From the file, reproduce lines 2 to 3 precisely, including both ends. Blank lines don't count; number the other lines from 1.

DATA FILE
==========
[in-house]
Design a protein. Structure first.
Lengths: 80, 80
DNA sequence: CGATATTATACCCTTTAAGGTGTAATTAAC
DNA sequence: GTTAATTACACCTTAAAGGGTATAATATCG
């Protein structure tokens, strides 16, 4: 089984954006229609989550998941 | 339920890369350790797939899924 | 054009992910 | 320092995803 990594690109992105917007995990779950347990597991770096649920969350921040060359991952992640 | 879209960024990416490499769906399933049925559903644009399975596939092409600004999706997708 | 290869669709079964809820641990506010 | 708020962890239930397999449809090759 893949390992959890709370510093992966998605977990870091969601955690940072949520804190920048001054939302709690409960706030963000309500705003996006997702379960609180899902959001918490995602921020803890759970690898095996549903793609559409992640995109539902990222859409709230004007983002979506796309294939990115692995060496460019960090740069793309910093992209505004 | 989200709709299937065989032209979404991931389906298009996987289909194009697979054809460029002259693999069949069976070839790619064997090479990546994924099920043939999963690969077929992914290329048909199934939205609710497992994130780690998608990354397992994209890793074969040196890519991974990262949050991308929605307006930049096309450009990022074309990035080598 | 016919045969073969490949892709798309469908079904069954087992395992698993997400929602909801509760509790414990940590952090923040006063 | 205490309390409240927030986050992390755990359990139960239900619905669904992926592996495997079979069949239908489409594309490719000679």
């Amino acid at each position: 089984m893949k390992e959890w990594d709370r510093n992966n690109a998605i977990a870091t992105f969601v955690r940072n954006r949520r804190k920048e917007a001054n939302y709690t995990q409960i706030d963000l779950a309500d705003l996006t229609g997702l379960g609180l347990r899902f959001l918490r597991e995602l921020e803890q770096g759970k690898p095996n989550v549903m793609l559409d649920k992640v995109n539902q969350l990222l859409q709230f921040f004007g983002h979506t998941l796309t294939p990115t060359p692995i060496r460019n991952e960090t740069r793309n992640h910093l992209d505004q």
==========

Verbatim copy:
Design a protein. Structure first.
Lengths: 80, 80